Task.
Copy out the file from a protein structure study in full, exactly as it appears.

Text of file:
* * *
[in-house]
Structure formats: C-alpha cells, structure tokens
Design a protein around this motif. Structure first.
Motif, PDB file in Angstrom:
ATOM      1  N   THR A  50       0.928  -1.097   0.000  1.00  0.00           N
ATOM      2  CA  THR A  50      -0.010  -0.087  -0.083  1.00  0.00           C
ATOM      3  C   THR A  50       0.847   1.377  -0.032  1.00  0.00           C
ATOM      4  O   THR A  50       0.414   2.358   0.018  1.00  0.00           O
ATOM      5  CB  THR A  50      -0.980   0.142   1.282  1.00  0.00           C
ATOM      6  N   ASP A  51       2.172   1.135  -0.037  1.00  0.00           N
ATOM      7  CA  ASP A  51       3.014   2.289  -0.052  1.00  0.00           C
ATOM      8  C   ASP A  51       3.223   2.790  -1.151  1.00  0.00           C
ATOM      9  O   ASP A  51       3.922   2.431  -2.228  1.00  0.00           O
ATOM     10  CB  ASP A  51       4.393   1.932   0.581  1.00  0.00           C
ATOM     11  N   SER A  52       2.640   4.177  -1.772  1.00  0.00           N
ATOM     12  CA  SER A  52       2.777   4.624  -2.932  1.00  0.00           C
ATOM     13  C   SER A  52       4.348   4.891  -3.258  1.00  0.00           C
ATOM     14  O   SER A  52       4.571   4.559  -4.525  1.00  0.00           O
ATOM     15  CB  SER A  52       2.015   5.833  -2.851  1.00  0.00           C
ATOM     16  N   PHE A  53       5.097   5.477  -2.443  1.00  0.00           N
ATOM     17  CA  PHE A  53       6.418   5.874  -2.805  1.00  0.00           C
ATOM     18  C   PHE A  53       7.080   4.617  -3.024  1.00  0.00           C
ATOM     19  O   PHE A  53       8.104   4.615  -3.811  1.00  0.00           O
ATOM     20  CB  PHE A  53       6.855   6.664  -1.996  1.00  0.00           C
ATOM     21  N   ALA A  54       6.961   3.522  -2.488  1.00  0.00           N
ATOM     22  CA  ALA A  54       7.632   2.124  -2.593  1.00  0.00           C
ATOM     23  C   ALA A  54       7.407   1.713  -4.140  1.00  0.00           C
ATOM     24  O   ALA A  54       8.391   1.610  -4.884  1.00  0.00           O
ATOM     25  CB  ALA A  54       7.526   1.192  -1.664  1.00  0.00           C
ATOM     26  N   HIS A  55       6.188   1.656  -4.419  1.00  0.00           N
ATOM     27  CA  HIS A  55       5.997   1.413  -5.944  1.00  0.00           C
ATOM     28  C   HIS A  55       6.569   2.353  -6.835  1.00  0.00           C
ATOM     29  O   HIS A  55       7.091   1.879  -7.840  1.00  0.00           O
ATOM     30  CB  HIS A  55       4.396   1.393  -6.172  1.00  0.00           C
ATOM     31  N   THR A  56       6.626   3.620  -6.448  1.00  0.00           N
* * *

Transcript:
[in-house]
Structure formats: C-alpha cells, structure tokens
Design a protein around this motif. Structure first.
Motif, PDB file in Angstrom:
ATOM      1  N   THR A  50       0.928  -1.097   0.000  1.00  0.00           N
ATOM      2  CA  THR A  50      -0.010  -0.087  -0.083  1.00  0.00           C
ATOM      3  C   THR A  50       0.847   1.377  -0.032  1.00  0.00           C
ATOM      4  O   THR A  50       0.414   2.358   0.018  1.00  0.00           O
ATOM      5  CB  THR A  50      -0.980   0.142   1.282  1.00  0.00           C
ATOM      6  N   ASP A  51       2.172   1.135  -0.037  1.00  0.00           N
ATOM      7  CA  ASP A  51       3.014   2.289  -0.052  1.00  0.00           C
ATOM      8  C   ASP A  51       3.223   2.790  -1.151  1.00  0.00           C
ATOM      9  O   ASP A  51       3.922   2.431  -2.228  1.00  0.00           O
ATOM     10  CB  ASP A  51       4.393   1.932   0.581  1.00  0.00           C
ATOM     11  N   SER A  52       2.640   4.177  -1.772  1.00  0.00           N
ATOM     12  CA  SER A  52       2.777   4.624  -2.932  1.00  0.00           C
ATOM     13  C   SER A  52       4.348   4.891  -3.258  1.00  0.00           C
ATOM     14  O   SER A  52       4.571   4.559  -4.525  1.00  0.00           O
ATOM     15  CB  SER A  52       2.015   5.833  -2.851  1.00  0.00           C
ATOM     16  N   PHE A  53       5.097   5.477  -2.443  1.00  0.00           N
ATOM     17  CA  PHE A  53       6.418   5.874  -2.805  1.00  0.00           C
ATOM     18  C   PHE A  53       7.080   4.617  -3.024  1.00  0.00           C
ATOM     19  O   PHE A  53       8.104   4.615  -3.811  1.00  0.00           O
ATOM     20  CB  PHE A  53       6.855   6.664  -1.996  1.00  0.00           C
ATOM     21  N   ALA A  54       6.961   3.522  -2.488  1.00  0.00           N
ATOM     22  CA  ALA A  54       7.632   2.124  -2.593  1.00  0.00           C
ATOM     23  C   ALA A  54       7.407   1.713  -4.140  1.00  0.00           C
ATOM     24  O   ALA A  54       8.391   1.610  -4.884  1.00  0.00           O
ATOM     25  CB  ALA A  54       7.526   1.192  -1.664  1.00  0.00           C
ATOM     26  N   HIS A  55       6.188   1.656  -4.419  1.00  0.00           N
ATOM     27  CA  HIS A  55       5.997   1.413  -5.944  1.00  0.00           C
ATOM     28  C   HIS A  55       6.569   2.353  -6.835  1.00  0.00           C
ATOM     29  O   HIS A  55       7.091   1.879  -7.840  1.00  0.00           O
ATOM     30  CB  HIS A  55       4.396   1.393  -6.172  1.00  0.00           C
ATOM     31  N   THR A  56       6.626   3.620  -6.448  1.00  0.00           N